Talking about alcohol, with this being a Muslim country Alcohol is not readily available. It’s not illegal and some places will serve it but you have to be careful because it might turn out to be non-alcoholic. There is a couple of bars and hotels within the Medina that serve actual alcohol but it will be pricey. Also, some hostels will sell beer, cheaper than the hotels and bars however for the cheapest option head down to ‘carfour’ –
Carfour is a large supermarket close to the New town, it’s about a 20-minute walk from the main square. And, it’s the cheapest place to buy alcohol and your groceries if you want to.
Water – Drink bottled water. Just like Bali belly and Delhi belly – Morocco’s belly is a thing.
Hostels/ Riads have great prices for budget traveling Marrakech
There are plenty of accommodation options within the medina, including hostels and Riads. Most are off the main square and hidden within the lane-ways. They might seem confusing to get to and from at first but the lane-ways are not actually that complicated.
I opted to stay at Hostel Riad Marrakech Rouge, it was recommended to me by a friend and constantly voted the best hostel in Marrakech. The place was one of the best hostels I’ve stayed in, friendly staff who will come and pick you up from wherever your transport drops you off. They make guests feel at home and go out of their way to get to know you. This was a sociable hostel but not a party one (except for New years eve.) Don’t forget to read my post on different types of hostels.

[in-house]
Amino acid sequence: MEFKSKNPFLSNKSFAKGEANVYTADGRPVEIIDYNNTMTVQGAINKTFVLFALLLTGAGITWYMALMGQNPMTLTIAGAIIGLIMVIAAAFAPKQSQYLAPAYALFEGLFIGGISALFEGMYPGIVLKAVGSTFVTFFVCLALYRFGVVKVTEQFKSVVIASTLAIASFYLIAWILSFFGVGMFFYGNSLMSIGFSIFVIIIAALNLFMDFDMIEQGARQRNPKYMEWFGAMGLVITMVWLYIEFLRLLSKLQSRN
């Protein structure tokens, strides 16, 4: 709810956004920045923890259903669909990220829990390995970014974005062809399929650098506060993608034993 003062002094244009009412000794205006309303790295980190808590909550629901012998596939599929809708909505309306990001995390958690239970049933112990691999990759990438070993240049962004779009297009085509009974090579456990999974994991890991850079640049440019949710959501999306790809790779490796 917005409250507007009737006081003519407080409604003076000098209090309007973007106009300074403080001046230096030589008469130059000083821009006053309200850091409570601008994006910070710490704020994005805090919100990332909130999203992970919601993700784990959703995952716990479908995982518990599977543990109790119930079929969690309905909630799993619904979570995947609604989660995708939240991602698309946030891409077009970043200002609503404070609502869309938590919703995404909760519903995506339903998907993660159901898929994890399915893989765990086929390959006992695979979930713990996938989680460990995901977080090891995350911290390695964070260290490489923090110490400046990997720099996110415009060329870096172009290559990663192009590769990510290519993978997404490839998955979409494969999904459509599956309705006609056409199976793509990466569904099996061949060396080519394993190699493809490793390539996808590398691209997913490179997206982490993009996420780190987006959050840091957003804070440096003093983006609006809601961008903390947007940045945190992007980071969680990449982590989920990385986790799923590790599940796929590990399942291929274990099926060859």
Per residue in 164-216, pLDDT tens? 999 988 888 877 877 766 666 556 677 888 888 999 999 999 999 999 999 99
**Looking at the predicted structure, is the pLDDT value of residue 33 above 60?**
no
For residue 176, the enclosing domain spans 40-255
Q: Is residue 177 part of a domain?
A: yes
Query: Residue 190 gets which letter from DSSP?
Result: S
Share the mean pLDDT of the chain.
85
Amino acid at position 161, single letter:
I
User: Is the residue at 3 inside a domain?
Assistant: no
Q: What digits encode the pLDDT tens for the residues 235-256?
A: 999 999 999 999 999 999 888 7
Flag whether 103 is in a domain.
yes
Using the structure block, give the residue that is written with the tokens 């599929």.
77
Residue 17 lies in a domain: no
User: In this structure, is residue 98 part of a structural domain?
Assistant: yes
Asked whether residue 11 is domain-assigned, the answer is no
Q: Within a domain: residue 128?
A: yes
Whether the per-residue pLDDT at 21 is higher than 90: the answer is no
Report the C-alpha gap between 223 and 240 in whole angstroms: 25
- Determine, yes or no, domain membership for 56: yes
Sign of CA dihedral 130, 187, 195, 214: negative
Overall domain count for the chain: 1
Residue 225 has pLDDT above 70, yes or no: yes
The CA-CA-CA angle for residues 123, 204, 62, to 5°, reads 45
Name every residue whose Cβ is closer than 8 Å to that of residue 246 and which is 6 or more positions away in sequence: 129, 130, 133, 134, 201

Choose your perfect Riad or hostel through the Worlds most popular hostel booking site; HostelWorld
Things to know about budget traveling Marrakech
Morocco has a closed currency, you can’t exchange money into Dirhams before you arrive so your best option is to take money out of ATM’s once you arrive. However, I would advise on checking with your bank in regards to any fees and charges that may incur. If you are going to incur high charges, then look at investing in a travelers cash card.
Within the Medina, you’ll find ATM’s clustered around the big Post office towards the open end of the main square as you head to the big mosque. There are plenty of ATM’s and although I had no problem in taking money out, there were other travelers who found the ATM’s didn’t have enough money in them. So keep an eye out but if you find that’s the case just simply try another ATM.